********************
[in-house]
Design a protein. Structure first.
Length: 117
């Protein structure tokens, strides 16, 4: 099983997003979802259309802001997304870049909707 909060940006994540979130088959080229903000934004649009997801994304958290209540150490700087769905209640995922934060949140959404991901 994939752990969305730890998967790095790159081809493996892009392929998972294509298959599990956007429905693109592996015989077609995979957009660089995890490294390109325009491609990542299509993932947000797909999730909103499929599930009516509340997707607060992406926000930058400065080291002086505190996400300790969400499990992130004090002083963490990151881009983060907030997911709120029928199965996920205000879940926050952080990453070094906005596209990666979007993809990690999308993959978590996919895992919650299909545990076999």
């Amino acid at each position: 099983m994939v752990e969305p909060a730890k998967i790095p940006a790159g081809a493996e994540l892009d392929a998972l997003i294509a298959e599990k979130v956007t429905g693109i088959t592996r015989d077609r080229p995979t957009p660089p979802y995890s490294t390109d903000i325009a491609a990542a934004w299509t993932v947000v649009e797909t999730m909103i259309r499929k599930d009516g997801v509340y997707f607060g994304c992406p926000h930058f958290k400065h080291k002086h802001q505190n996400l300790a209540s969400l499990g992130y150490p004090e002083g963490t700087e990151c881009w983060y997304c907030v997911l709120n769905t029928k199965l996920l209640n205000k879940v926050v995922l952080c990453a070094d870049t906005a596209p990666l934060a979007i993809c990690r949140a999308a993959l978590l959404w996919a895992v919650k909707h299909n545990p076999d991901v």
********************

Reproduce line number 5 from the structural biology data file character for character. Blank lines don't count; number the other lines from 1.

């Amino acid at each position: 099983m994939v752990e969305p909060a730890k998967i790095p940006a790159g081809a493996e994540l892009d392929a998972l997003i294509a298959e599990k979130v956007t429905g693109i088959t592996r015989d077609r080229p995979t957009p660089p979802y995890s490294t390109d903000i325009a491609a990542a934004w299509t993932v947000v649009e797909t999730m909103i259309r499929k599930d009516g997801v509340y997707f607060g994304c992406p926000h930058f958290k400065h080291k002086h802001q505190n996400l300790a209540s969400l499990g992130y150490p004090e002083g963490t700087e990151c881009w983060y997304c907030v997911l709120n769905t029928k199965l996920l209640n205000k879940v926050v995922l952080c990453a070094d870049t906005a596209p990666l934060a979007i993809c990690r949140a999308a993959l978590l959404w996919a895992v919650k909707h299909n545990p076999d991901v």